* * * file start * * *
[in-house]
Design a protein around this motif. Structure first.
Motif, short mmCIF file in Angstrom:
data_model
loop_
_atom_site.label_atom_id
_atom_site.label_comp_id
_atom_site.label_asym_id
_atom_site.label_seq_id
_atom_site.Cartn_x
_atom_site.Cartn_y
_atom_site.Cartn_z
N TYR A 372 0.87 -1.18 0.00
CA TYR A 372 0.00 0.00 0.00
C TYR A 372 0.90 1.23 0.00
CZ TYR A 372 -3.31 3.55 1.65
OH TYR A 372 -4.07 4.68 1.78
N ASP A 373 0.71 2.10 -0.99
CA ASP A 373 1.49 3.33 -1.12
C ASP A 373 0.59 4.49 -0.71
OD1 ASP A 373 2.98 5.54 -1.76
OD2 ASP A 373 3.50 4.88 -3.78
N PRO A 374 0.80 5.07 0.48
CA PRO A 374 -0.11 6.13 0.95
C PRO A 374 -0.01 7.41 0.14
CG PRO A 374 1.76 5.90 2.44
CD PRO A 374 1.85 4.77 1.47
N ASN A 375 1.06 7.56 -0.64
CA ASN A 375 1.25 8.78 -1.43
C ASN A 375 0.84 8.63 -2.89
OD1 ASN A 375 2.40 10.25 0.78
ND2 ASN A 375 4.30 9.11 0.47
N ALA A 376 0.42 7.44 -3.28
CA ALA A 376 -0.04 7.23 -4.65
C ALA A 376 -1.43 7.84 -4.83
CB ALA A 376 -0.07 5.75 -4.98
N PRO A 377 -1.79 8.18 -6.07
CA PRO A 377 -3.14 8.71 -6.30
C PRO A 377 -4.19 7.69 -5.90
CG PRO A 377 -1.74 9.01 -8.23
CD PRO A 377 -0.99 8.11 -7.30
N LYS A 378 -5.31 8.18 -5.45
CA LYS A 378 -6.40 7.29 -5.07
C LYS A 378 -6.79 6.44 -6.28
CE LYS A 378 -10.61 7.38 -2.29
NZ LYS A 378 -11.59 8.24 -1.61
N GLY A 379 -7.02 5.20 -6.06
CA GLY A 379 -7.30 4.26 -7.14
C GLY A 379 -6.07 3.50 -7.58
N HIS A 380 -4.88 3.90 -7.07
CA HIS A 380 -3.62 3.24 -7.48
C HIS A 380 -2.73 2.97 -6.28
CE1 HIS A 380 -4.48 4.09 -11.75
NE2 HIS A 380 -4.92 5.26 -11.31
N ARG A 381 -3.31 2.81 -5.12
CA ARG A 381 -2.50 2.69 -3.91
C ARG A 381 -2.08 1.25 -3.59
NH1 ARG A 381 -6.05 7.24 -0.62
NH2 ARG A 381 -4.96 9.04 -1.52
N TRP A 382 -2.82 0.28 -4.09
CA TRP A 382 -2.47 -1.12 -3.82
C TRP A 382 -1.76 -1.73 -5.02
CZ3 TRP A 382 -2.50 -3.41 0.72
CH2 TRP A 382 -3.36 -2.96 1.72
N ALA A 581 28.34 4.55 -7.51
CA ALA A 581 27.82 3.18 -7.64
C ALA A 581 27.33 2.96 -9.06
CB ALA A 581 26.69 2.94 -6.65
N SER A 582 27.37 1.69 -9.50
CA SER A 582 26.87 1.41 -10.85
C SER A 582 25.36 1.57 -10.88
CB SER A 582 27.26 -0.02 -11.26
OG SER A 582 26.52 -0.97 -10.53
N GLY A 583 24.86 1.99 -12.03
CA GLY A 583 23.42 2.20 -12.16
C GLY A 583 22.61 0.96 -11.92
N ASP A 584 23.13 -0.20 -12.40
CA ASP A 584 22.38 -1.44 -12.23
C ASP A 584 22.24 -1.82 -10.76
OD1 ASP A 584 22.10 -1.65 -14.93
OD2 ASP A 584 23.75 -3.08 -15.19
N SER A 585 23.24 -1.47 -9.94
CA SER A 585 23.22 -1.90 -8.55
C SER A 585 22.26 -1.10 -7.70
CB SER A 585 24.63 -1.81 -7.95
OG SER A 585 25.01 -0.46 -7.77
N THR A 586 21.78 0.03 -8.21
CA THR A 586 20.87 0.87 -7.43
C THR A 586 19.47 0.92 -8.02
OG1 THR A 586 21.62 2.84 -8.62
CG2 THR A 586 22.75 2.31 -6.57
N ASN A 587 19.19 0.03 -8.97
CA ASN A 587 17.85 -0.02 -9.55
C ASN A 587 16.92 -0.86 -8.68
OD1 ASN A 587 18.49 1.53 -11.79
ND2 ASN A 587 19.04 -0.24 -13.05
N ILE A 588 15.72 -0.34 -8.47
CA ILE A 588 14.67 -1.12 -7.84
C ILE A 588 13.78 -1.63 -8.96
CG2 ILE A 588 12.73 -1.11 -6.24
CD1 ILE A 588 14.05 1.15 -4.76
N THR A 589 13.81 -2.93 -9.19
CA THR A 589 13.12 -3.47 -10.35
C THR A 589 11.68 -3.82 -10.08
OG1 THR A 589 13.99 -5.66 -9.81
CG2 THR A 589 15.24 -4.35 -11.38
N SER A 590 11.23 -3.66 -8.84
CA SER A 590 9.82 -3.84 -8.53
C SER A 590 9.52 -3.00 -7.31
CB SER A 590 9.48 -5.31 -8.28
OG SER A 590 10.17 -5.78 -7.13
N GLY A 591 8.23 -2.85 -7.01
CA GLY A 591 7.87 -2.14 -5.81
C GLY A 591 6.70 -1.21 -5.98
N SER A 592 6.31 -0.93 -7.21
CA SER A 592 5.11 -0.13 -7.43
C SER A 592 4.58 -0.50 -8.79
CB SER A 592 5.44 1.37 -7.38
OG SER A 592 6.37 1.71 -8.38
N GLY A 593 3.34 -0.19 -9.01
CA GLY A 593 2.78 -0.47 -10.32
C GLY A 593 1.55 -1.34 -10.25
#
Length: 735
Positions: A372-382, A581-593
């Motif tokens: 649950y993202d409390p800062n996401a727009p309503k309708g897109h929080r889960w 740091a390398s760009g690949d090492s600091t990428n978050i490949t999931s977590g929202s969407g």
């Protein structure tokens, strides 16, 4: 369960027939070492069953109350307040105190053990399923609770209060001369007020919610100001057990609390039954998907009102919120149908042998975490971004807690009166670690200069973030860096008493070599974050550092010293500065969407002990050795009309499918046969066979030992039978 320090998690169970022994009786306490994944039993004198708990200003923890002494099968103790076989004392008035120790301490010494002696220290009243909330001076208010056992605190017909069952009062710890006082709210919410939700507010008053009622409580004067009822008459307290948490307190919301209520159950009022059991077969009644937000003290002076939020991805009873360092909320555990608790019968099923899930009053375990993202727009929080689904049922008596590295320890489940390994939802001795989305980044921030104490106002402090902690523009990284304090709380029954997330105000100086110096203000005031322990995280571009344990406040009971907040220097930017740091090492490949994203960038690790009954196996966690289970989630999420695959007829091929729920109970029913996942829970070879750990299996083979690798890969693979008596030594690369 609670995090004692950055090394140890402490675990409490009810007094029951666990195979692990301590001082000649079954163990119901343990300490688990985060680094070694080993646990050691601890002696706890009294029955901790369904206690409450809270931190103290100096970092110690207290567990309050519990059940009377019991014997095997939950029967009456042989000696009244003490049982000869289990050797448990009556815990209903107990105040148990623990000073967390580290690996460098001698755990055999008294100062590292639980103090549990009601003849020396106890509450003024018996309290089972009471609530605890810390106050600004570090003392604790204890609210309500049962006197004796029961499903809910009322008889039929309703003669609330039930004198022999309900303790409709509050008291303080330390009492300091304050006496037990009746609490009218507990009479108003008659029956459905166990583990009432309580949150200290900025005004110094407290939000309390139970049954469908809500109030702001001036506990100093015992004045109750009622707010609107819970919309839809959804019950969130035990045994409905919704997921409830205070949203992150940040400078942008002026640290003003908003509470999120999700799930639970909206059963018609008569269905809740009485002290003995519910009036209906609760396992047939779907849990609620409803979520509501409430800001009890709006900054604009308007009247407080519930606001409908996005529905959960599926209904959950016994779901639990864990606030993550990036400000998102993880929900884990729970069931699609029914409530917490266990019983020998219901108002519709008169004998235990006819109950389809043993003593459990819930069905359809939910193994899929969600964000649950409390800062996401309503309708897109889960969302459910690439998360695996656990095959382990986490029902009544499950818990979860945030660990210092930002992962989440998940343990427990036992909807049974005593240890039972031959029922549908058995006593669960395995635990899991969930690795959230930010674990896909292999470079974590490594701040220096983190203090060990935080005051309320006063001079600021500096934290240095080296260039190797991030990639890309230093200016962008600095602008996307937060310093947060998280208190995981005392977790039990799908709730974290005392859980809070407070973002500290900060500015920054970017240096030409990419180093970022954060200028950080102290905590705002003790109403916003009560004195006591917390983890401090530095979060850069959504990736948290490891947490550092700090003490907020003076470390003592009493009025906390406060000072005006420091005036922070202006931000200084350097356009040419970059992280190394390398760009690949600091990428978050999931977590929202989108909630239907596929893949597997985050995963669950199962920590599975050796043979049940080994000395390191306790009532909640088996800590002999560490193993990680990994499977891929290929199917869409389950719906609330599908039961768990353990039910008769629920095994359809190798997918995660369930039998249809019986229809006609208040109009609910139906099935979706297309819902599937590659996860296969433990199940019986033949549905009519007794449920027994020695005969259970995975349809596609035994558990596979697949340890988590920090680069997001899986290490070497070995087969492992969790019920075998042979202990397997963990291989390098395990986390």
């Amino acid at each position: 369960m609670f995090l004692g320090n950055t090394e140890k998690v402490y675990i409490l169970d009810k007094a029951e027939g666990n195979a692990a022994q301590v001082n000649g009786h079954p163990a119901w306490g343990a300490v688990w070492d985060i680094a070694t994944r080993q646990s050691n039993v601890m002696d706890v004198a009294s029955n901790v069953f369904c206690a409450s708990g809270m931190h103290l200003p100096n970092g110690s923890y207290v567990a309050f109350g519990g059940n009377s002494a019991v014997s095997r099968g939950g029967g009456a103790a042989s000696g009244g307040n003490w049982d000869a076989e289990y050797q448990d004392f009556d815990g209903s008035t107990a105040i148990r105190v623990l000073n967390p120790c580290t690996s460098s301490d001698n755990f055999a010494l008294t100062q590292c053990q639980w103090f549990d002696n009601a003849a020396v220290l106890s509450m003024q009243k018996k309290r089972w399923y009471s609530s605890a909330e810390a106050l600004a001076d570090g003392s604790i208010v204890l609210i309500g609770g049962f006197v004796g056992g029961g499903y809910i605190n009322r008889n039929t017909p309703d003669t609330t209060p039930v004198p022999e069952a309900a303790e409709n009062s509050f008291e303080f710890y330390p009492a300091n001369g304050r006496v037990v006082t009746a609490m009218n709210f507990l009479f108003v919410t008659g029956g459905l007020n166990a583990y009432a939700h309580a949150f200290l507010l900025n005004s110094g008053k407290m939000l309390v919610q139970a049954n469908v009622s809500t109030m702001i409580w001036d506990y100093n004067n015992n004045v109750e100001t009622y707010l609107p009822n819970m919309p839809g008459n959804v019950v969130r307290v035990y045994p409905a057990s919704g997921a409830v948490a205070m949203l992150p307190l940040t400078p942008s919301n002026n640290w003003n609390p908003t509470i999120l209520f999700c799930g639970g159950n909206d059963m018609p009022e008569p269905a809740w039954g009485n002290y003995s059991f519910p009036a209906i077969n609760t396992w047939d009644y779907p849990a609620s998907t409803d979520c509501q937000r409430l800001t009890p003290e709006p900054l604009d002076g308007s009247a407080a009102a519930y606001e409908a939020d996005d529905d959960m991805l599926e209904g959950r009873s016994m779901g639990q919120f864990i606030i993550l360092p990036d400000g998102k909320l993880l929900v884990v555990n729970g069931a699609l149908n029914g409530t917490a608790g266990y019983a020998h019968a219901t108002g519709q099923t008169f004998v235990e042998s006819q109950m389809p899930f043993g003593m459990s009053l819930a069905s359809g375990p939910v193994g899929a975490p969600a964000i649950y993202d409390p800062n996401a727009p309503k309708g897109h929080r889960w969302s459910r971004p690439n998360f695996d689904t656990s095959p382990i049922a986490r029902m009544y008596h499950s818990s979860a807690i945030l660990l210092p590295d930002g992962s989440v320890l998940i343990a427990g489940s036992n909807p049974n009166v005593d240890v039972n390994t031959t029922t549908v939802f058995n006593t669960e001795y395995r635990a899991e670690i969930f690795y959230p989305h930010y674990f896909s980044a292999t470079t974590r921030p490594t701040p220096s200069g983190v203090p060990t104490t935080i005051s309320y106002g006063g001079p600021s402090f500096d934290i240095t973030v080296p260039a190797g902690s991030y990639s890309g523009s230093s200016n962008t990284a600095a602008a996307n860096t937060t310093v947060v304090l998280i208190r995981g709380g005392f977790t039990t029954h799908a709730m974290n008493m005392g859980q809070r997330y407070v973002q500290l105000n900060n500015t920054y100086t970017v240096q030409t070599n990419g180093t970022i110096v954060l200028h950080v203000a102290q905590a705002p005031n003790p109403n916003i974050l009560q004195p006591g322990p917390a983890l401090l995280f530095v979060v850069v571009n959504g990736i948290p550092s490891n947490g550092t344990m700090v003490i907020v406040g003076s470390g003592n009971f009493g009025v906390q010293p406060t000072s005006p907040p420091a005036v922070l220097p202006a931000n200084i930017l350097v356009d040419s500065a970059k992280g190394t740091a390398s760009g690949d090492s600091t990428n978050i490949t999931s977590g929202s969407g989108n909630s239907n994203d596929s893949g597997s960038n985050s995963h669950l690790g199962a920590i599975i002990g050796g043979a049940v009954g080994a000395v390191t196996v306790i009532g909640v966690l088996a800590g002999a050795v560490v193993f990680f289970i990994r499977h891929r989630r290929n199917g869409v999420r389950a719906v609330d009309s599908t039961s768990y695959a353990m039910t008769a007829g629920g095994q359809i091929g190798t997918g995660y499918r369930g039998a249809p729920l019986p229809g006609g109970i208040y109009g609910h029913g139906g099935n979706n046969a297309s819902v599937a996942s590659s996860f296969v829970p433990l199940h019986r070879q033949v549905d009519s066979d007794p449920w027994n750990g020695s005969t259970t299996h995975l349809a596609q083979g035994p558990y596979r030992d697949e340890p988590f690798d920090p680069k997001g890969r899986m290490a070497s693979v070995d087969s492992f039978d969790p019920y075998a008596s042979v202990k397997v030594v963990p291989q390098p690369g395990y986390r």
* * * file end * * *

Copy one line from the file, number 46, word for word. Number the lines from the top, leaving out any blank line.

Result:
NZ LYS A 378 -11.59 8.24 -1.61